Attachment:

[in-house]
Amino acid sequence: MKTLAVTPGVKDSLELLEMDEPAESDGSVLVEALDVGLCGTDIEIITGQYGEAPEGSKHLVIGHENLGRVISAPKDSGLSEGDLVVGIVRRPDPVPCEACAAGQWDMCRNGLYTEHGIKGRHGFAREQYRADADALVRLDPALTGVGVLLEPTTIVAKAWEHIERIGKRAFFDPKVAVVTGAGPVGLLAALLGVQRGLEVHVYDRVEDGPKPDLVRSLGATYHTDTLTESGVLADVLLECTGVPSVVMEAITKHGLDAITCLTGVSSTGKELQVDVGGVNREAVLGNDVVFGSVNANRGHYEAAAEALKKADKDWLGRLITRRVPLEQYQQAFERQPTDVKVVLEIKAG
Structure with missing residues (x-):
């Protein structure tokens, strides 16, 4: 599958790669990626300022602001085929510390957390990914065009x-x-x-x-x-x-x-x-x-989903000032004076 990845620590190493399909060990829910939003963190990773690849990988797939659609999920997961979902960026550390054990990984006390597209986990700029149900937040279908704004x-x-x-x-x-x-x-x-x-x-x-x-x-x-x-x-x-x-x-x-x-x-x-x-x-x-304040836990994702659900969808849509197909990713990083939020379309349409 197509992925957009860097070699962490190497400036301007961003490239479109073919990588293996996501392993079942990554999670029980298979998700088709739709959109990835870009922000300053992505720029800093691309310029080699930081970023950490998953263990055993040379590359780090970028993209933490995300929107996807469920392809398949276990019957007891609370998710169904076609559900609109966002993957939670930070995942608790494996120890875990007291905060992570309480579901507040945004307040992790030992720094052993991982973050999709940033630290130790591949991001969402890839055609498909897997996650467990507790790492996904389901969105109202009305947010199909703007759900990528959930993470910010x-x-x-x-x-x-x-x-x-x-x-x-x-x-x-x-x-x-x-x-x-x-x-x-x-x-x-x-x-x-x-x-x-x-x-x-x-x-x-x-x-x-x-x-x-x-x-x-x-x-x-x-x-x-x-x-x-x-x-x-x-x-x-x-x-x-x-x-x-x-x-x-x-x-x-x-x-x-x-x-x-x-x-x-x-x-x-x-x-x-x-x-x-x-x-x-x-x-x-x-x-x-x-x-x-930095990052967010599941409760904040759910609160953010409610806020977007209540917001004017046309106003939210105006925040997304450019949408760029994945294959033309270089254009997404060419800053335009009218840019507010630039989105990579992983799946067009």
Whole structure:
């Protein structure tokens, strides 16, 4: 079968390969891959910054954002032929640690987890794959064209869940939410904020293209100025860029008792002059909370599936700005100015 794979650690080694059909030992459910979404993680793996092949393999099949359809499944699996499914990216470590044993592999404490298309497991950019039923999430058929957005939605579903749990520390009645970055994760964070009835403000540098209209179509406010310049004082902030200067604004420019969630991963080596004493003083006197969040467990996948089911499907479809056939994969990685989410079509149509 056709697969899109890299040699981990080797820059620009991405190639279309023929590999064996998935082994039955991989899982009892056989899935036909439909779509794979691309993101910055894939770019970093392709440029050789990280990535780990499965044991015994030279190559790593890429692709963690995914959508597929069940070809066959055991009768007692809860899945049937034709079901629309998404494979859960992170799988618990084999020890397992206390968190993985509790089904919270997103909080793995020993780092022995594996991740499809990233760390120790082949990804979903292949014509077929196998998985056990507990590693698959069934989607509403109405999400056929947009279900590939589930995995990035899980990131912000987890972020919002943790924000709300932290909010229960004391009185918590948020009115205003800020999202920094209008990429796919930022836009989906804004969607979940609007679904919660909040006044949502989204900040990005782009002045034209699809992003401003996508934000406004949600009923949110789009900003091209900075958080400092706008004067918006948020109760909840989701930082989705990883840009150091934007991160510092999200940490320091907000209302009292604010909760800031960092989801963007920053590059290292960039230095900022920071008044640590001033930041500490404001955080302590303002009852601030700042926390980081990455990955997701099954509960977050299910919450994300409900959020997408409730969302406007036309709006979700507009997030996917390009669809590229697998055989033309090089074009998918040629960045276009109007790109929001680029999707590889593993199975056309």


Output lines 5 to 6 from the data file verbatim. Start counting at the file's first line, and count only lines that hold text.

Whole structure:
């Protein structure tokens, strides 16, 4: 079968390969891959910054954002032929640690987890794959064209869940939410904020293209100025860029008792002059909370599936700005100015 794979650690080694059909030992459910979404993680793996092949393999099949359809499944699996499914990216470590044993592999404490298309497991950019039923999430058929957005939605579903749990520390009645970055994760964070009835403000540098209209179509406010310049004082902030200067604004420019969630991963080596004493003083006197969040467990996948089911499907479809056939994969990685989410079509149509 056709697969899109890299040699981990080797820059620009991405190639279309023929590999064996998935082994039955991989899982009892056989899935036909439909779509794979691309993101910055894939770019970093392709440029050789990280990535780990499965044991015994030279190559790593890429692709963690995914959508597929069940070809066959055991009768007692809860899945049937034709079901629309998404494979859960992170799988618990084999020890397992206390968190993985509790089904919270997103909080793995020993780092022995594996991740499809990233760390120790082949990804979903292949014509077929196998998985056990507990590693698959069934989607509403109405999400056929947009279900590939589930995995990035899980990131912000987890972020919002943790924000709300932290909010229960004391009185918590948020009115205003800020999202920094209008990429796919930022836009989906804004969607979940609007679904919660909040006044949502989204900040990005782009002045034209699809992003401003996508934000406004949600009923949110789009900003091209900075958080400092706008004067918006948020109760909840989701930082989705990883840009150091934007991160510092999200940490320091907000209302009292604010909760800031960092989801963007920053590059290292960039230095900022920071008044640590001033930041500490404001955080302590303002009852601030700042926390980081990455990955997701099954509960977050299910919450994300409900959020997408409730969302406007036309709006979700507009997030996917390009669809590229697998055989033309090089074009998918040629960045276009109007790109929001680029999707590889593993199975056309």